• stem cell;
  • HLA-G;
  • NCRs;
  • NK cell;
  • umbilical cord blood;
  • cytotoxicity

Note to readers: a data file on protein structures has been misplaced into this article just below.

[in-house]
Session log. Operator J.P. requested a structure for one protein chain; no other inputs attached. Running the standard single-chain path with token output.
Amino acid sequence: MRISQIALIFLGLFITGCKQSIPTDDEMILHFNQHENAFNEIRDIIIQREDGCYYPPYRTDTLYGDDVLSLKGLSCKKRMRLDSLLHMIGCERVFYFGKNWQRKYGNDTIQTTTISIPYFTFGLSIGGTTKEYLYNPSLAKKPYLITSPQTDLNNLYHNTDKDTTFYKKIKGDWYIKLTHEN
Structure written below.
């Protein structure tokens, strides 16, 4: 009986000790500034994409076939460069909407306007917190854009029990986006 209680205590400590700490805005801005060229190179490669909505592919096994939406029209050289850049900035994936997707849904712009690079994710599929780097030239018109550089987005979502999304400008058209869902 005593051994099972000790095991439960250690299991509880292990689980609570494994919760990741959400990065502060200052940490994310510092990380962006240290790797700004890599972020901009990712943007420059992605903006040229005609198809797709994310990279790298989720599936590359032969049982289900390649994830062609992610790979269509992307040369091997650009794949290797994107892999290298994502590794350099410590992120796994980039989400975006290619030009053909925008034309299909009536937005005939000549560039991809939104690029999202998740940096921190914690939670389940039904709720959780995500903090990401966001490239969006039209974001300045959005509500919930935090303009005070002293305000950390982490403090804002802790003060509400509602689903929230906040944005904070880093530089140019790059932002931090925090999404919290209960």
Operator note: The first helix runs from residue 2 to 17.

Allogeneic umbilical cord blood haematopoietic stem cells (UCB–HSCs) can be transplanted into a host with the intact innate immunity with limited immuno-reaction, although the mechanisms remain unclear. The present studies aimed at investigating potential mechanisms of allogeneic UCB–HSCs escape from the cytolysis of natural killer (NK) cells. We compared UCB–HSCs ability to protect from NK-mediated cytotoxicity with peripheral blood or bone marrow haematopoietic stem cells (PB-HSCs and BM-HSCs). HSCs expressed lower levels of natural cytotoxicity receptor ligands including NKp30L, NKp44L and NKp46L than monocytes. Blocking these ligands respectively or in combination could increase the resistance of HSCs against NK cell mediated cytotoxicity. High expression of HLA-G was noticed on UCB–HSCs, rather than PB-HSCs or BM-HSCs, whereas blockade of HLA-G significantly elevated NK cell mediated cytolysis to UCB–HSCs. Thus, we conclude that natural cytotoxicity receptors and HLA-G on HSCs may contribute to the escape from NK cells, and activate and inhibitory NK cell receptors and their ligands can be novel therapeutic targets in cell transplantation.